Dog Tooth Extraction Recovery

Christina Fernandez, DVM, DACVECC
By Christina Fernandez, DVM, DACVECC on Jul. 27, 2021

If your dog has dental disease, their veterinarian may recommend a complete oral health evaluation under anesthesia. Because your pet will be asleep, your vet can more easily evaluate the full extent of your dog’s oral cavity health and determine the care that’s needed, which may include tooth extractions. 

A complete oral health evaluation usually involves:  

  • Looking for masses, charting missing teeth, noting abnormalities

  • Probing your dog’s teeth and gumline

  • Taking x-rays to further visualize the teeth and their roots, located under the bone 

  • Removal (extraction) of any diseased teeth and tissue

  • Cleaning, scaling, and polishing healthy teeth

How to Care for Your Dog After Tooth Extraction

To avoid complications, your vet will give you specific recommendations for what your pet can eat after their tooth extraction surgery. They may also give you pain medication that you will need to administer.

Feeding Your Dog After a Tooth Extraction 

Your veterinarian may recommend feeding your dog soft foods (or moistening their kibble) for several days post-surgery. Ask your veterinarian if there are special feeding instructions you should follow during the recovery period, and for how long. 

Your vet may also suggest starting a new diet specifically formulated to manage your dog’s dental health. Whatever your vet recommends, be sure to follow their specific feeding instructions to encourage healing and prevent unnecessary pain.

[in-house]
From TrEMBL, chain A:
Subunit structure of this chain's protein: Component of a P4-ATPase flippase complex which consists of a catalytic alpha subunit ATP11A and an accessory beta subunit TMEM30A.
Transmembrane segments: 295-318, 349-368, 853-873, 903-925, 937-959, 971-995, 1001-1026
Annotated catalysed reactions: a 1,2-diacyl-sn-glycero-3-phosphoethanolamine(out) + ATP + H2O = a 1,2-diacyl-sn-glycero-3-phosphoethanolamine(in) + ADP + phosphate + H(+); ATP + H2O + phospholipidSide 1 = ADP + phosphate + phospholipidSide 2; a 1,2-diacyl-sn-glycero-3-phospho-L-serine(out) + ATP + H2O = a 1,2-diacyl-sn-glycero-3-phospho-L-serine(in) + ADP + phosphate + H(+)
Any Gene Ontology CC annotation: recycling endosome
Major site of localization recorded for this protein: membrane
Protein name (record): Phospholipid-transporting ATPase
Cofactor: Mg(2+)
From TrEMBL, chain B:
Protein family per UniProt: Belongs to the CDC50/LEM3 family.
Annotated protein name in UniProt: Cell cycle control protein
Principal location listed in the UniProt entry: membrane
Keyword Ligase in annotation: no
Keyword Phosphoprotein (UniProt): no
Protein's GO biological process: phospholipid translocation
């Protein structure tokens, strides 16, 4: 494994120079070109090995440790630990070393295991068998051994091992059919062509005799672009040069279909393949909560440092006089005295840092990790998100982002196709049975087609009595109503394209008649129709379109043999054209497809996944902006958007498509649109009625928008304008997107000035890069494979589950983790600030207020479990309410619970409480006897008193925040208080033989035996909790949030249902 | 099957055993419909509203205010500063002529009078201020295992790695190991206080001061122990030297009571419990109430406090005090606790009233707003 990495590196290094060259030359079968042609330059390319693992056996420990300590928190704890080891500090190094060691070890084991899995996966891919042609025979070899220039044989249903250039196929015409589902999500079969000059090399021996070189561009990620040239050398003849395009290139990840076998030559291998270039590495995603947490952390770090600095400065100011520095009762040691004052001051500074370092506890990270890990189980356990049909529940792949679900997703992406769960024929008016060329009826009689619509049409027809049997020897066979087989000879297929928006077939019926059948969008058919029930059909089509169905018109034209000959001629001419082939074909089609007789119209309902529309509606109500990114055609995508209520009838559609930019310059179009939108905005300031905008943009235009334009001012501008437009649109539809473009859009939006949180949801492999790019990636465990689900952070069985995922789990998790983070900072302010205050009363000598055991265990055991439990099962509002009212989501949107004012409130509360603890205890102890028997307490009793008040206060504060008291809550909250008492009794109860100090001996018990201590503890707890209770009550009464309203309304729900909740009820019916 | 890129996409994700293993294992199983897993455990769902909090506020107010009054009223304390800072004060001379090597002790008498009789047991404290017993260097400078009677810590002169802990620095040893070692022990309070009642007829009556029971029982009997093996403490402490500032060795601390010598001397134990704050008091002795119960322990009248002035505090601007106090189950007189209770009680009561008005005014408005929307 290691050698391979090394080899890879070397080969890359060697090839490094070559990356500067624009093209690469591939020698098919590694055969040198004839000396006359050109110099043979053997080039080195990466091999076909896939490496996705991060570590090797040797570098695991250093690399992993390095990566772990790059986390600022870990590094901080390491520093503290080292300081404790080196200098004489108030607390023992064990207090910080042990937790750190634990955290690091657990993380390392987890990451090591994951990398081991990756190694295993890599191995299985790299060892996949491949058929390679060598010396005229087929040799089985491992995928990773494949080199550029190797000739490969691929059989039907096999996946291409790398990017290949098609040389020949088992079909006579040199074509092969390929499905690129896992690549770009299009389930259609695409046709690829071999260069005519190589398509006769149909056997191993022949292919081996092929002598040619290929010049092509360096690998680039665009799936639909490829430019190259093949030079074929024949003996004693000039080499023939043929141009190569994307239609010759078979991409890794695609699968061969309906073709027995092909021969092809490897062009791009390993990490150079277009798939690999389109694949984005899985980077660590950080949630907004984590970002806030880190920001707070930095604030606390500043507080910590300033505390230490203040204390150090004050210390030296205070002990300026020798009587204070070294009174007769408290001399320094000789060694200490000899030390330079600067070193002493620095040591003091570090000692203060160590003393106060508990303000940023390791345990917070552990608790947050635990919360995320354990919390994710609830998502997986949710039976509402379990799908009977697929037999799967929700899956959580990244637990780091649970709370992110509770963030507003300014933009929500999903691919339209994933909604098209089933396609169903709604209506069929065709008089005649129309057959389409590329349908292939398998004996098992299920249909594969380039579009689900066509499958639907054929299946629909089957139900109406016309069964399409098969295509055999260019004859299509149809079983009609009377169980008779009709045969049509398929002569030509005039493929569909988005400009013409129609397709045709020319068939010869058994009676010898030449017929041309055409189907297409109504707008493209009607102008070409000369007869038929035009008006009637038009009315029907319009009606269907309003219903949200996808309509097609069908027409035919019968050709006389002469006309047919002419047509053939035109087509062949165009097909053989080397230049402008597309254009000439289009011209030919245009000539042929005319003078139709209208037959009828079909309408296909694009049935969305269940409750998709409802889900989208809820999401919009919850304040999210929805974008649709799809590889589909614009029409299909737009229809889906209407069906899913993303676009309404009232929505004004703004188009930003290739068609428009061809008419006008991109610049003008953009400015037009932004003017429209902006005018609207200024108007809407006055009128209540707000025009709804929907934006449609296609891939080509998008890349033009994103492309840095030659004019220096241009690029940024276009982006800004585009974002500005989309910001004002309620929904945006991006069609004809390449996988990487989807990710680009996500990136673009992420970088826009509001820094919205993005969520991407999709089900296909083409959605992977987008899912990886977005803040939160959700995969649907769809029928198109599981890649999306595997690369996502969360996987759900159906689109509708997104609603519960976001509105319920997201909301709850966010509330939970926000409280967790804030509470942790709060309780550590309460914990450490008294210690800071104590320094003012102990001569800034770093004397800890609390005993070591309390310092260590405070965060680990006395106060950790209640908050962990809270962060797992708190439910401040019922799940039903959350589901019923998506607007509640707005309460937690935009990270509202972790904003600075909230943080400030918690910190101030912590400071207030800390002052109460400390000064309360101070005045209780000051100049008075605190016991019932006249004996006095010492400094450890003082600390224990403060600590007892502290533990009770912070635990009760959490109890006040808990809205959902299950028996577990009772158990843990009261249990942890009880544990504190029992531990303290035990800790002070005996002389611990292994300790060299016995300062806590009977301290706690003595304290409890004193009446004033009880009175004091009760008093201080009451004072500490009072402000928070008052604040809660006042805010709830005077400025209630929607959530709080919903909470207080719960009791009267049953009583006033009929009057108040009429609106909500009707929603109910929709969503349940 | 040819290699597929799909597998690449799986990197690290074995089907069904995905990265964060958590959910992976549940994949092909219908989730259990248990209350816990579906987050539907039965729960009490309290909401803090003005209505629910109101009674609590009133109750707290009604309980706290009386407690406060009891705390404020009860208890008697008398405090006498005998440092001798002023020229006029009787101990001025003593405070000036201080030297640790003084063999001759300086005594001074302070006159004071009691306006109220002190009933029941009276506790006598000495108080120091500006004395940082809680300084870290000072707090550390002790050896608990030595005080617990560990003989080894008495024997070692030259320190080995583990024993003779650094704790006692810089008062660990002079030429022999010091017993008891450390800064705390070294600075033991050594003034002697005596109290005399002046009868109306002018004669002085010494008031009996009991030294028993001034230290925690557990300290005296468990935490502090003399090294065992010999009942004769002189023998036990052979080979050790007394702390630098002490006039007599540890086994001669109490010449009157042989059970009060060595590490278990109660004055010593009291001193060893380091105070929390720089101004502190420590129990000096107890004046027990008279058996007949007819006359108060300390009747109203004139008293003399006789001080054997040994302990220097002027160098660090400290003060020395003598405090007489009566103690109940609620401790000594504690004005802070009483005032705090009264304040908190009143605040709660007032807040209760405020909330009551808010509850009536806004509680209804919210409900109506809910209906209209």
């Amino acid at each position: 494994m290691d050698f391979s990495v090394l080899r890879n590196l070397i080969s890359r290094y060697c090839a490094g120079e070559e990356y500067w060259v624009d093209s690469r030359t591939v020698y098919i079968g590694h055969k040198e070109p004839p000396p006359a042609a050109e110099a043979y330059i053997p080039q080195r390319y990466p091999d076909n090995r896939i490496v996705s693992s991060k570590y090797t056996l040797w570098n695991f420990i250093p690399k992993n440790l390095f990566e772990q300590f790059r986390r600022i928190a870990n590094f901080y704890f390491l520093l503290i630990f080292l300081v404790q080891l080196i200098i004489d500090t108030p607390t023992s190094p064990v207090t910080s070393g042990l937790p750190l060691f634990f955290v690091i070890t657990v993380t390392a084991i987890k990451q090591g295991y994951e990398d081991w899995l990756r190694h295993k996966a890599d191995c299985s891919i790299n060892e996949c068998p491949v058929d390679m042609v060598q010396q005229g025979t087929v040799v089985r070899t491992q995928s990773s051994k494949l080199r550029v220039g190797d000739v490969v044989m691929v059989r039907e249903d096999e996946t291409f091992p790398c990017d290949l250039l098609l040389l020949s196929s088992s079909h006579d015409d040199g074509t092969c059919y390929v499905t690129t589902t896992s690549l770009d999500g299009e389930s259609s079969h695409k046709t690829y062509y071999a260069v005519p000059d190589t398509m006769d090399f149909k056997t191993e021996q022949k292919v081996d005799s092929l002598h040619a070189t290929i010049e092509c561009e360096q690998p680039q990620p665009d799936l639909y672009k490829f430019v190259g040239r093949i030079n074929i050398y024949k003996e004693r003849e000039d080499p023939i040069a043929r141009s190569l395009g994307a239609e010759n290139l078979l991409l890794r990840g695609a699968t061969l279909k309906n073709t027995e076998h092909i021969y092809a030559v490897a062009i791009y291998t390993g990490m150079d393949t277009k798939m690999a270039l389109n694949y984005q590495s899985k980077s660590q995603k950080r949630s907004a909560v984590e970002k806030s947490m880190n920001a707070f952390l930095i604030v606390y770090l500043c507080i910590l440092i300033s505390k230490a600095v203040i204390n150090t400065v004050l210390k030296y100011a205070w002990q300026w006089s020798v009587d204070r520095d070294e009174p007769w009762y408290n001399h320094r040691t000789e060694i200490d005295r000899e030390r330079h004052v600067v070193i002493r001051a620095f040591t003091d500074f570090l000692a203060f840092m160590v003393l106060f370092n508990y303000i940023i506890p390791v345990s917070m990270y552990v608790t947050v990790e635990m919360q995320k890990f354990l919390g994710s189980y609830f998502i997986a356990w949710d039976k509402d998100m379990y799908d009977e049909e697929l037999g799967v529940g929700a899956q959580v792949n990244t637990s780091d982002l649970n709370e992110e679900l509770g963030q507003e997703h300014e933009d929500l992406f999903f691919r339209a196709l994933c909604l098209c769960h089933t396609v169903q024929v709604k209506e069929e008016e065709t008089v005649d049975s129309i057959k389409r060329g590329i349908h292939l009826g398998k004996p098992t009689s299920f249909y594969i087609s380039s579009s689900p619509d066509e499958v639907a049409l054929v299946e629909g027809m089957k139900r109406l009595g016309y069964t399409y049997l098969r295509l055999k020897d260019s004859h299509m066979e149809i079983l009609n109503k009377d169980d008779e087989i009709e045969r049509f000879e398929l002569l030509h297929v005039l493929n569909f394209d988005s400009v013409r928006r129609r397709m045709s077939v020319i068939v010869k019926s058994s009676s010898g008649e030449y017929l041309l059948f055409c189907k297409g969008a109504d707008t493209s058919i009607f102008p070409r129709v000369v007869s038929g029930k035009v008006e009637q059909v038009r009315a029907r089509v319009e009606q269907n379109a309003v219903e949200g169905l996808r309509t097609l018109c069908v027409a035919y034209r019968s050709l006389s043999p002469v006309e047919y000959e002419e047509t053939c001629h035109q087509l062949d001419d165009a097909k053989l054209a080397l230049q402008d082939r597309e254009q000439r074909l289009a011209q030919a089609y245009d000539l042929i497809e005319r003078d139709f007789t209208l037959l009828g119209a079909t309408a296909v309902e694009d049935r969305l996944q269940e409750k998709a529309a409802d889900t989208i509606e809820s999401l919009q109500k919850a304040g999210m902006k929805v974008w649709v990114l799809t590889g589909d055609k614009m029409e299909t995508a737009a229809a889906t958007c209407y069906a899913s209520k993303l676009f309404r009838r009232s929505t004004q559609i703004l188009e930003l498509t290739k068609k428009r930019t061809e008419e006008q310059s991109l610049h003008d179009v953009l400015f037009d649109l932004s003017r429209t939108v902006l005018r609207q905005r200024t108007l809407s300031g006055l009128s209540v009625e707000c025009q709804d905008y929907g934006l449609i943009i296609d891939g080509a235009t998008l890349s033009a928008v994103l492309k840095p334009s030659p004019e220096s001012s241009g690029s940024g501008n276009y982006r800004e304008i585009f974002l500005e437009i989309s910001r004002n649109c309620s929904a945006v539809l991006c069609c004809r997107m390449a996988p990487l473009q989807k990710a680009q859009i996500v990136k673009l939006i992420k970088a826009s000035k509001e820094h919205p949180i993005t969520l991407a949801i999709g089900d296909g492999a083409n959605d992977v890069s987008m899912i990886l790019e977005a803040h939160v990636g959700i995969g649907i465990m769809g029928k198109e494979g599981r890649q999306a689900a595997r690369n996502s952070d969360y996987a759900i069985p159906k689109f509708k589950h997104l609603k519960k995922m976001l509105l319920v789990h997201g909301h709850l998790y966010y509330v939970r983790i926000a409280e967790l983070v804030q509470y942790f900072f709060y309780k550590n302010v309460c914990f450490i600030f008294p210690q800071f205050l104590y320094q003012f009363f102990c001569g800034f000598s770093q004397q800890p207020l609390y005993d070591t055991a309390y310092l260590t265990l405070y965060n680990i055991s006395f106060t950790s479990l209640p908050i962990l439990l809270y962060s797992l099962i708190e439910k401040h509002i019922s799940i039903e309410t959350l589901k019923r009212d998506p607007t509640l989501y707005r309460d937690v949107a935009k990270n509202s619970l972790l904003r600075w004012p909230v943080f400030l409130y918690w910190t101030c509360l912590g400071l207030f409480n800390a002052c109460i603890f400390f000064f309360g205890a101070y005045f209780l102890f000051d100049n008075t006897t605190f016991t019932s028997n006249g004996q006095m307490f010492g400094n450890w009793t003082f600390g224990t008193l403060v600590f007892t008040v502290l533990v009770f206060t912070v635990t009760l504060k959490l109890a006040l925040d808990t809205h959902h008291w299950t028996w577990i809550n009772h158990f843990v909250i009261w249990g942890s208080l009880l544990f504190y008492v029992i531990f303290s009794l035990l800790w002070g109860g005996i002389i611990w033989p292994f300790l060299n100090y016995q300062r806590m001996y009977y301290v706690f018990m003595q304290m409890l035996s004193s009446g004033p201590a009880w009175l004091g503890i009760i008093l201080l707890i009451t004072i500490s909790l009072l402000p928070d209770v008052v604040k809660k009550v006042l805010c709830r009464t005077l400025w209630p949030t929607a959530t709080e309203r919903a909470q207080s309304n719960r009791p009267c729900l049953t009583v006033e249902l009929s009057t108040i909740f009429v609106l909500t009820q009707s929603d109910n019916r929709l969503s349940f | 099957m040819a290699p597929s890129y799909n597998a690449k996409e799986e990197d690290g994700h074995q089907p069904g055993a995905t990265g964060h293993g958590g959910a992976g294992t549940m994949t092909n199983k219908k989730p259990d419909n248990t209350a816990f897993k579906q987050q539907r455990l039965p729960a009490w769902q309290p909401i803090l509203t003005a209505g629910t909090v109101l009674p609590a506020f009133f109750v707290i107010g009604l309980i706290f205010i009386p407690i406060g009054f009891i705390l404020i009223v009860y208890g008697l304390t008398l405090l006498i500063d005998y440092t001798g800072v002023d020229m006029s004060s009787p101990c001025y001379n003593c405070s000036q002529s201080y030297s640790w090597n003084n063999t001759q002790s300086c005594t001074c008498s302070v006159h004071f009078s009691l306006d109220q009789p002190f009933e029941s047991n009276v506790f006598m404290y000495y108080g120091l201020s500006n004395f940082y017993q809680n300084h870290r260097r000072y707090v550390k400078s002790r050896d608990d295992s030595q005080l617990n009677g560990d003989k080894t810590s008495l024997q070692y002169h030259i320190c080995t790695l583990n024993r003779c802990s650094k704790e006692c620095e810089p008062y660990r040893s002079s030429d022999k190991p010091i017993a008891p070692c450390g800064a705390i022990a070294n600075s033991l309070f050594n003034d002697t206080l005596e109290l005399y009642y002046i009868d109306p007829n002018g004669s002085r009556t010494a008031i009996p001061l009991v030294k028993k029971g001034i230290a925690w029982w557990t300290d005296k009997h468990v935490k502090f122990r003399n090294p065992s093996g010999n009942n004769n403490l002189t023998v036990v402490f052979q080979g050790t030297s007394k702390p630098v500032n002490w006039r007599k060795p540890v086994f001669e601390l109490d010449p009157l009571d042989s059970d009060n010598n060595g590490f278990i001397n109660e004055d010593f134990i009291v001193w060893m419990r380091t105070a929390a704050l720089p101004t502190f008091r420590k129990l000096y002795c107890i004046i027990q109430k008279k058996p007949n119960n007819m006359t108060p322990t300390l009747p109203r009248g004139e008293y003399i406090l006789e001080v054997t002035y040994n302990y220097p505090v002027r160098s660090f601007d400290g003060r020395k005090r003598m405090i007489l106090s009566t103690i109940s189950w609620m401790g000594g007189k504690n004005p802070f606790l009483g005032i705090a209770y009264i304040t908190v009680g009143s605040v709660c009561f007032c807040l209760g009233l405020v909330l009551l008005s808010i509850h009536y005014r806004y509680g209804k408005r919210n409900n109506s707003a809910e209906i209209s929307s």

Pain Medication for Dogs After Dental Surgery

Numbing agents may have been injected into your dog’s mouth to control pain during anesthesia. Those local blocks can last anywhere from 6-24 hours, depending on what was used. You will likely be instructed to follow up by giving your dog oral pain medication at home. 

Monitor your dog’s tooth extraction recovery closely and watch for signs of pain. These can include: 

  • Whining or whimpering

  • Drooling

  • Pawing at the mouth

  • Refusal of food

  • Lethargy (moving slowly, sluggish)

Some of these signs can also be the effects of the anesthesia or pain medication that you are giving to your dog at home. 

If you notice these signs and are giving the medication as directed, call your vet to ask for the next best steps. Do not stop giving medications unless instructed by your dog’s veterinarian.

Stitches and Gum Tissue

The stitches used to close the gum tissue after a dog tooth extraction are often dissolvable. Stitches can take anywhere from 2-4 weeks to dissolve, depending on the type of material used. They may start to dissolve to where you can’t see them in your dog’s mouth, but they are still present on the inside of tissue until the material is completely broken down. 

In some cases, gum tissue is left open to drain and heal. The mouth heals fairly quickly in most cases, but each dog will be different.

Dog Tooth Extraction Complications

If the tissue becomes infected, you might notice these symptoms: 

  • A foul odor from your dog’s mouth

  • Slight swelling on the lower or upper jawline, or under the eye area

  • Food refusal

  • Drainage from the nose or mouth

  • General sluggishness

Even though antibiotics may have been sent home as part of surgery aftercare, you should check in with your dog’s veterinarian if you notice any of these signs. 

Preventing Dog Tooth Extractions

Depending on your dog’s oral health, your veterinarian may make suggestions to reduce plaque accumulation in the future. Ask your vet for the right time to start these after your dog’s dental procedure.

These may include: 

Christina Fernandez, DVM, DACVECC


Christina Fernandez, DVM, DACVECC

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